A Proper Response to Disaster

By on Apr 30, 2011 in Uncategorized | 0 comments

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So by now, you’ve probably heard about the devastating tornadoes that ravaged our state and knocked on the doors of several other states on Wednesday. As of today, the overall death toll is at 337, with 238 of those deaths coming from Alabama alone. In addition to the deaths, more than 1700 Alabamians were seriously injured during the storms, thousands of people have lost their homes, and hundreds of thousands remain without electricity and seriously low on drinking water and food. The sheer weight of the situation makes it difficult to deal with.

As we think about how this natural disaster has affected our region, it is possible for us as Christ-followers to take a few different approaches to responding to the overwhelming needs of so many people:

–        Total Indifference: This is a perfectly viable option that many have chosen. It is a ‘sucks for them but oh well’ attitude. If this is your approach to this disaster, I would encourage you to reconsider calling yourself a Christ-follower.

–        Functional Indifference: This is another option that is slightly easier on the conscience. Those taking this approach are simply overwhelmed with the weight of need. They really want to do something to help, but don’t really know what to do or just feel like their contribution would be so small or insignificant that it would be a single tear attempting to suppress a forest ablaze: utterly useless. So, they say they are praying for the state, they post a few thoughts on facebook, they add a #WeAreAlabama hashtag on twitter, but ultimately, they do nothing. This is simply a more palatable version of the previous response.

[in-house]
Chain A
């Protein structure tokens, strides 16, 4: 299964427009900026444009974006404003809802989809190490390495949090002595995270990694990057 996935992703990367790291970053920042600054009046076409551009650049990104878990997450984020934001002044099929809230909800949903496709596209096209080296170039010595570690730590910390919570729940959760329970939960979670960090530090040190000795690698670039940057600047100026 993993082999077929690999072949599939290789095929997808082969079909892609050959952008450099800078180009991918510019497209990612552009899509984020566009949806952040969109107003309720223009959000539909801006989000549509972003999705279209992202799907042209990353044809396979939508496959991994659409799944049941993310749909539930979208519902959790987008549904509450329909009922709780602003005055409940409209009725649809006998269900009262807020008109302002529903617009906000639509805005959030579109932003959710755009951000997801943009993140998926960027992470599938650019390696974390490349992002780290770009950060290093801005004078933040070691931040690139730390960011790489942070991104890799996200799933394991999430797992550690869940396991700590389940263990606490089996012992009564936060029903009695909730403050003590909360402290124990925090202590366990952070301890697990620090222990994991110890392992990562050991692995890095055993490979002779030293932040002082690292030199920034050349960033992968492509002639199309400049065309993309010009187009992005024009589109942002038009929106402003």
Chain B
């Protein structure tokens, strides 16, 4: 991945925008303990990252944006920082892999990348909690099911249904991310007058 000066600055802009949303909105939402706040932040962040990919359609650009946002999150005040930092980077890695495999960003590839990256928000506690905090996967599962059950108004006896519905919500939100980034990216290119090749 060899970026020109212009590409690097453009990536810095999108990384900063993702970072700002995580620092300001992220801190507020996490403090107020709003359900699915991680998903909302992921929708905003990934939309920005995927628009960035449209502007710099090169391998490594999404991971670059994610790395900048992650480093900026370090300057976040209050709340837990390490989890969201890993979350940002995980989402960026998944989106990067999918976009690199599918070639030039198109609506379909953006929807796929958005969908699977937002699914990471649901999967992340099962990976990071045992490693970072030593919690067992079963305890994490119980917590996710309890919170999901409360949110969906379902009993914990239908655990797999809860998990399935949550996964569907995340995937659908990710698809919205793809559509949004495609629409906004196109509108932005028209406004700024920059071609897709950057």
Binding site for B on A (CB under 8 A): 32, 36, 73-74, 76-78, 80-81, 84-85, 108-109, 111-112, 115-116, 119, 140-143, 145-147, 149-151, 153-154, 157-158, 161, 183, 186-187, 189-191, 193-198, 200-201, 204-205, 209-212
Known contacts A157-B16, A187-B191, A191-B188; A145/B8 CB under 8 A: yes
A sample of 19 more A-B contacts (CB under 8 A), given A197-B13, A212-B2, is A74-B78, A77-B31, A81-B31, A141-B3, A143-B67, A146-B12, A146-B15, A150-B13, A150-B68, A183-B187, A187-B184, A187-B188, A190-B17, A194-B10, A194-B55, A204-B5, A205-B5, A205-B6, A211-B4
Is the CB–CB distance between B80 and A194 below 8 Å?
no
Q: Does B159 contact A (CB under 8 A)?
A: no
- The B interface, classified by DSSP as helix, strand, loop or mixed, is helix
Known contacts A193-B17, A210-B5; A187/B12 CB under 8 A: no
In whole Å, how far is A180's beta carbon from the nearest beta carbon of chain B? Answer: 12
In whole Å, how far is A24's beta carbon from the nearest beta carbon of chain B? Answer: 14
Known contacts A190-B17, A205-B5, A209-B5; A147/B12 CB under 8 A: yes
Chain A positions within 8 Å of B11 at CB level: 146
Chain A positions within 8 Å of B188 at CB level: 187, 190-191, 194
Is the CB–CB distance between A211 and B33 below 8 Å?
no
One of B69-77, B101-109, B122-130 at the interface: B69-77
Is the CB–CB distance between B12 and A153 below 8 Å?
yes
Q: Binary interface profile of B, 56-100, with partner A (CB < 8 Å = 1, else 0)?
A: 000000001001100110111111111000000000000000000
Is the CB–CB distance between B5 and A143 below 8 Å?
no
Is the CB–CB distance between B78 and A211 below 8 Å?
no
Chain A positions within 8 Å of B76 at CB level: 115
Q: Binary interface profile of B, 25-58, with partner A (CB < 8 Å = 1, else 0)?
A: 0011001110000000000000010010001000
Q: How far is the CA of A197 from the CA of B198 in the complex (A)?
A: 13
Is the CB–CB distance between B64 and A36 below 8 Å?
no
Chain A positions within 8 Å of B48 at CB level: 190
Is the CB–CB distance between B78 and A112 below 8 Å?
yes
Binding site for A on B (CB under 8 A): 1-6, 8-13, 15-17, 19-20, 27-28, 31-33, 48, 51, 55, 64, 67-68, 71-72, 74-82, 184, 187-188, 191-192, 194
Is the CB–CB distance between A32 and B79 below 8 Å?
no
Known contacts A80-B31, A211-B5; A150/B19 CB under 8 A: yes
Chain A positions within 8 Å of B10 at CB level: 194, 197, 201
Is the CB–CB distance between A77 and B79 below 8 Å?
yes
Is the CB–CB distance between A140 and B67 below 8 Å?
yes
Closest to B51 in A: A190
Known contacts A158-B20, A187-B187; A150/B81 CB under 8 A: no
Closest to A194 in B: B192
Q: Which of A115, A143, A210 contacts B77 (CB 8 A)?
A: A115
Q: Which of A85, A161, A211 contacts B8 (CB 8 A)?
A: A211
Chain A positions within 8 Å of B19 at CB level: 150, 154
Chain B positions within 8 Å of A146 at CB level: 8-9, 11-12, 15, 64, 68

–        Action: This is the final (and best) response we can have as Christ-followers. This doesn’t necessarily mean that we should be blindly packing up the trucks and heading out the doors and up the interstate. But we should be doing something!

For many of us, we can’t take off a week of work to go north and help. But we can give money to help those who are going to help. We have disposable income, whether we want to admit it or not. So I challenge us to give. Give to the Red Cross or your respective denominational relief agency or to a church that is putting together a relief trip. Sacrifice a meal or two out on the town so that people in our very own backyard can eat a hot meal in what used to be their back yards. Sacrifice your entertainment budget for the month so that people can live. Put the lives of people in one hand and your own temporary pleasures in the other and ask God which he would have you to value more.

As a church, we at The Vineyard are going to practice loving people as ourselves. This Sunday, we are going to sacrifice for the good of others. We are a small church, and our impact will certainly be smaller than some other groups with greater resources, but our impact will not be missing. So here’s what we’re going to do:

Each week after the service, we go out to eat as a church. I’m guessing each person spends at least five or six dollars on a meal. This week, we are going to replace our after-service meal on the town with a much cheaper meal of Little Caesar’s pizza and bottled water at the Shack. I figure we can save at least two or three dollars a person. I am challenging us to use that money saved as a starting point for a special offering we will be taking up to give directly to disaster relief. Let me reiterate: we will be taking a special offering of money to give to disaster relief, and I want you to give at least that much to the offering. My hope is that you will be creative by sacrificially rearranging some other aspects of your life so that you can give above and beyond the $3 you’ll save on your meal. I hope you will be willing to sacrifice that new gadget you’ve been saving for or a new outfit you’ve had your eye on so that others can have their most basic needs met through the love of Christ.

So there you have it. This Sunday night, we’ll have a special offering for disaster relief. You have been warned. Bring your heavy hearts and your open wallets and let’s make an impact in this overwhelming sea of need in our own backyards.


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